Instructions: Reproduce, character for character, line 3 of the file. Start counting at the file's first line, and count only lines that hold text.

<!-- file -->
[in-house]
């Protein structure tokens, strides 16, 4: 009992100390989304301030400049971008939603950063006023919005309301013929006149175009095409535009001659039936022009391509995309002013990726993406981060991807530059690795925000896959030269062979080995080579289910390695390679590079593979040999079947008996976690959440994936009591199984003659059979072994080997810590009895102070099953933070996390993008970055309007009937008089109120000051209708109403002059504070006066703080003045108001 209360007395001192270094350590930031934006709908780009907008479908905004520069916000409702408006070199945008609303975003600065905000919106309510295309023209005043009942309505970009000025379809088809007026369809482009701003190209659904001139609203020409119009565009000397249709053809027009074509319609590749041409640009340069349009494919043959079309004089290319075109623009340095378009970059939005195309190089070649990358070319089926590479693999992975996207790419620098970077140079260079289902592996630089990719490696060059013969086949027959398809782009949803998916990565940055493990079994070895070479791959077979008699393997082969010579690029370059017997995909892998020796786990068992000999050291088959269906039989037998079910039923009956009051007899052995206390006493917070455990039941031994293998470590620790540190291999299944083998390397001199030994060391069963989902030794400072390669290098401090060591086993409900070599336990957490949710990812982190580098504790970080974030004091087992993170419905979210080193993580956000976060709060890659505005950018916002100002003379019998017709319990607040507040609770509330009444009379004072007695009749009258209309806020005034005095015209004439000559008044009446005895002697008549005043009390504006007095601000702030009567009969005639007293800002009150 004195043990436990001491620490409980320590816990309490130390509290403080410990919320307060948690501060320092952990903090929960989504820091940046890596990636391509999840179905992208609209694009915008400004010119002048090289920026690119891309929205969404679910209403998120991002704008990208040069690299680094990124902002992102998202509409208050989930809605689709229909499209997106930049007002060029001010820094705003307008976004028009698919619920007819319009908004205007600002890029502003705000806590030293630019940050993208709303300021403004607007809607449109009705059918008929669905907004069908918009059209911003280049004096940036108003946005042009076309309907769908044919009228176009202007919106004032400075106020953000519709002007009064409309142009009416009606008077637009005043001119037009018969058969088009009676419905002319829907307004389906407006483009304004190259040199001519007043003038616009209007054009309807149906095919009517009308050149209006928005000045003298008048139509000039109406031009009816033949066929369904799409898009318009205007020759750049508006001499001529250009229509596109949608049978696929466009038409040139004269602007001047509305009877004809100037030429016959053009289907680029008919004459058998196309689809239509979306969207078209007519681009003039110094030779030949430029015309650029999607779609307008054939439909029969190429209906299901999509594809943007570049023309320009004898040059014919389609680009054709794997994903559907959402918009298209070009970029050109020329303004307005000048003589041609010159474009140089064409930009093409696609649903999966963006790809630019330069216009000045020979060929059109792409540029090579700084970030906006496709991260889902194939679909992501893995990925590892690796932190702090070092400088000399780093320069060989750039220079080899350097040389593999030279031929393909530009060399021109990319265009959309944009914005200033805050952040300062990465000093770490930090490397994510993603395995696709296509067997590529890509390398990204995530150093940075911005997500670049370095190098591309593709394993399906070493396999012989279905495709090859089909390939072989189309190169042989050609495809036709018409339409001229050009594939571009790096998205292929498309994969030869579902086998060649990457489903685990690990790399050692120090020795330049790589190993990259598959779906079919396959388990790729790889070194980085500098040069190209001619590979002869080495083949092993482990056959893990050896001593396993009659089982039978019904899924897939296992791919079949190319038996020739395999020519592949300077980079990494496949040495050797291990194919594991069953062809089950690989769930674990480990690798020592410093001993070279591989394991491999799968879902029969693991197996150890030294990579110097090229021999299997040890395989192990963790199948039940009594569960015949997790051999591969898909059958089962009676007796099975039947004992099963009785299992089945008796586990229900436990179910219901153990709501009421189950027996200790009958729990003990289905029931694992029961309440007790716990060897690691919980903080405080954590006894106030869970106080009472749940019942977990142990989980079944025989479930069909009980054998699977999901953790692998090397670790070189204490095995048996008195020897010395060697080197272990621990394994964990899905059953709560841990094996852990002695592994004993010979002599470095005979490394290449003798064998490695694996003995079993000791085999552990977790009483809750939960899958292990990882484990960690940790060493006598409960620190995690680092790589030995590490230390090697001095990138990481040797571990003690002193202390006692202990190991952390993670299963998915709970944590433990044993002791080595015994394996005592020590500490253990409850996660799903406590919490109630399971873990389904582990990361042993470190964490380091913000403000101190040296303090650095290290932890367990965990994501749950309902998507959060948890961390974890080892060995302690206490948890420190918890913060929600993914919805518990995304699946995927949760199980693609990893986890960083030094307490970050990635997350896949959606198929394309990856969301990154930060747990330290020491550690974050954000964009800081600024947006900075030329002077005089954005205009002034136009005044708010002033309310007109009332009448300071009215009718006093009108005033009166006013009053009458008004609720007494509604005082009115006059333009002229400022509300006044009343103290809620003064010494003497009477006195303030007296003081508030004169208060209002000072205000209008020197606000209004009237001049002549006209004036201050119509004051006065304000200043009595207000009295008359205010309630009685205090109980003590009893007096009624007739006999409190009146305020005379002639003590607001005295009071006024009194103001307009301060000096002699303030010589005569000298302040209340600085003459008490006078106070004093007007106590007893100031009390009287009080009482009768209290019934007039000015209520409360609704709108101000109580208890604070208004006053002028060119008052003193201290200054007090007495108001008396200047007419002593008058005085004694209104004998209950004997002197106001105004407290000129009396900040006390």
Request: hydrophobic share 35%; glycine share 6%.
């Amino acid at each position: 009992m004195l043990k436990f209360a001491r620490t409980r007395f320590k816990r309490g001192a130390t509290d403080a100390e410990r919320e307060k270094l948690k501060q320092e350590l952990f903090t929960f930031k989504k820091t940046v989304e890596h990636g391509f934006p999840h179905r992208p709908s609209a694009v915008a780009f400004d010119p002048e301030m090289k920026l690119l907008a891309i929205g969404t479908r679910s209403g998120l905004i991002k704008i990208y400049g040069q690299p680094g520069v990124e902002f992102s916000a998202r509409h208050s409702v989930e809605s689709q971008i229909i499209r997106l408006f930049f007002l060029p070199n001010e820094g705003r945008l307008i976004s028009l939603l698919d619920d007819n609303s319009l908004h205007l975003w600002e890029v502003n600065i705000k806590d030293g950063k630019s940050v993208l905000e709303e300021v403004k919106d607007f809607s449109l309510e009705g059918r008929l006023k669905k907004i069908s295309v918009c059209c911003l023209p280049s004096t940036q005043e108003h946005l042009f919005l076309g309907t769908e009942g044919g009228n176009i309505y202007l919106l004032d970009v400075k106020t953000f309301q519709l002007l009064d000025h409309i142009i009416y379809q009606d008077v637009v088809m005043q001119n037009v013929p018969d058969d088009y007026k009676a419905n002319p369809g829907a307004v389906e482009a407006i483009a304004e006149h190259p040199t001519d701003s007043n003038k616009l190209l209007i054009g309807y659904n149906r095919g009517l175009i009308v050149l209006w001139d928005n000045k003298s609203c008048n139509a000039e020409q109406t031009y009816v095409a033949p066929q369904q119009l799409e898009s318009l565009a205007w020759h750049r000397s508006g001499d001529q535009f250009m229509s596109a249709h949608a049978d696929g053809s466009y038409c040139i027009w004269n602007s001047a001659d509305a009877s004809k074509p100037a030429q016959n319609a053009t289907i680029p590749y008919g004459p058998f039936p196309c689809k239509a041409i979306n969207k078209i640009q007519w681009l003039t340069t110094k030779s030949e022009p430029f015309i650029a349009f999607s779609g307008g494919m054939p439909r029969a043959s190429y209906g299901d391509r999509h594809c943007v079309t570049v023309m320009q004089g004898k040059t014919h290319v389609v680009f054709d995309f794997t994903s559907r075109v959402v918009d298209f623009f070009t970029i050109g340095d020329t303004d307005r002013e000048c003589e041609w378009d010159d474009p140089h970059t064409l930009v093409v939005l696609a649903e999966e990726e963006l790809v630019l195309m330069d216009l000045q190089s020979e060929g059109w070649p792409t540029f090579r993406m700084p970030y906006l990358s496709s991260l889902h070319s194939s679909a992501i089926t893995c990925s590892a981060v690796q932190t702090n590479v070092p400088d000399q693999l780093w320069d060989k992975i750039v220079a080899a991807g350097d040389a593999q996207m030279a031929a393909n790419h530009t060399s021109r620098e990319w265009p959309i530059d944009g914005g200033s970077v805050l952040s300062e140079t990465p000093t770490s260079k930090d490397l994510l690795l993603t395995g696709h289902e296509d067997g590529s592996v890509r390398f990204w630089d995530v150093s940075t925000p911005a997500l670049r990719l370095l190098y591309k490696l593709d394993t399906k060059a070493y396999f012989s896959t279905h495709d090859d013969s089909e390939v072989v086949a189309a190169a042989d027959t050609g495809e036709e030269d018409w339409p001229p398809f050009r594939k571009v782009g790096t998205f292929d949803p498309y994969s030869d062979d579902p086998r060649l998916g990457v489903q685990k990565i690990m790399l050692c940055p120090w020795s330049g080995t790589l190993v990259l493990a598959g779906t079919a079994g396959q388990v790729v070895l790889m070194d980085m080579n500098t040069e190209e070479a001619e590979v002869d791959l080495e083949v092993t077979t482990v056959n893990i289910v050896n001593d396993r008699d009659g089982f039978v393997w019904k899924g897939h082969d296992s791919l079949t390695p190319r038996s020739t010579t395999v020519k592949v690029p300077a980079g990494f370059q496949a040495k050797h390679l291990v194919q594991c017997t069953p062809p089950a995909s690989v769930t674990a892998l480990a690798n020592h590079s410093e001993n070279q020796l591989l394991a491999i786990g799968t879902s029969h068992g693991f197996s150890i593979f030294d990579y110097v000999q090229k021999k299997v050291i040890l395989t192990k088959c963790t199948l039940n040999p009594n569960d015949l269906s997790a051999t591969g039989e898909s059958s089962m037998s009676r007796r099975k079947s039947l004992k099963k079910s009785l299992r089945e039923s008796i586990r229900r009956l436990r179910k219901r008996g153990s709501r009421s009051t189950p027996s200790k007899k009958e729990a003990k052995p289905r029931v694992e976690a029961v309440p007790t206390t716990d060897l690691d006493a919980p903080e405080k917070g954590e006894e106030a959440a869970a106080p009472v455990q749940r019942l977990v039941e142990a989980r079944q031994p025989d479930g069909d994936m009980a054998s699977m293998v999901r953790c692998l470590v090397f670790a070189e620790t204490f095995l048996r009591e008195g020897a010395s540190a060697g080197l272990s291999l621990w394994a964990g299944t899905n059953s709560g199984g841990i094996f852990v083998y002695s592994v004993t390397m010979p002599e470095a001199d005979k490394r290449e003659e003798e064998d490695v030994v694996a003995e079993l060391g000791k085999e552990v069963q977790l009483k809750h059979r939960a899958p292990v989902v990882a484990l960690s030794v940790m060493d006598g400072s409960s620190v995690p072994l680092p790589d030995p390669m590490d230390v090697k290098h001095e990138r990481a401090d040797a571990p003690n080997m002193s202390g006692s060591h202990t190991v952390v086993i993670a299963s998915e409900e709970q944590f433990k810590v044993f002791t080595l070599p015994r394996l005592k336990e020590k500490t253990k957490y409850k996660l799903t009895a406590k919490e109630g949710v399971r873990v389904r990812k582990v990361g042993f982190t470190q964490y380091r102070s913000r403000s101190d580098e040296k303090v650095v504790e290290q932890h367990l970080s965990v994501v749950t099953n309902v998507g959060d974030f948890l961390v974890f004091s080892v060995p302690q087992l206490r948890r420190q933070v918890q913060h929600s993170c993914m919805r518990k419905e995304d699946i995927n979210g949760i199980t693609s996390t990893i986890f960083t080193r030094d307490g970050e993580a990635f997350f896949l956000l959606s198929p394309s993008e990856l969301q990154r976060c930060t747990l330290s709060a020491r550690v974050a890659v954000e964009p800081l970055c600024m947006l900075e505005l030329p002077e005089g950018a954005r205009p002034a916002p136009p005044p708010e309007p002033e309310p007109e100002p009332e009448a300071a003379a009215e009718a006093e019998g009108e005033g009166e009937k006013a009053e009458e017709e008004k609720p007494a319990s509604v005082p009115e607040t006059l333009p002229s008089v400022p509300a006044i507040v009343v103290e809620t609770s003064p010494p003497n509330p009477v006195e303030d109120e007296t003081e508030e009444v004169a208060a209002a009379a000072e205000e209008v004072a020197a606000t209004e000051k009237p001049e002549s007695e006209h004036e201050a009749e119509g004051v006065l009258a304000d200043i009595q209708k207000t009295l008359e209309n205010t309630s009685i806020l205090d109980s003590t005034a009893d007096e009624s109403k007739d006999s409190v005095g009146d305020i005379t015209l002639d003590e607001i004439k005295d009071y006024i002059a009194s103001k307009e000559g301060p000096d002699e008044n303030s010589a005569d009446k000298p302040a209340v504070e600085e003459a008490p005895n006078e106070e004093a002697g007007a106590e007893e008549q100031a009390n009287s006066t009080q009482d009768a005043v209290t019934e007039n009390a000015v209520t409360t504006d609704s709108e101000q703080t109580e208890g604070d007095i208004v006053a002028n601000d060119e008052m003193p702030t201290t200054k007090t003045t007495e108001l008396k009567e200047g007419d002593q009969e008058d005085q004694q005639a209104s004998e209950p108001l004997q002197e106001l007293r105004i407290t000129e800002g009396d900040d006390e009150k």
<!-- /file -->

Request: hydrophobic share 35%; glycine share 6%.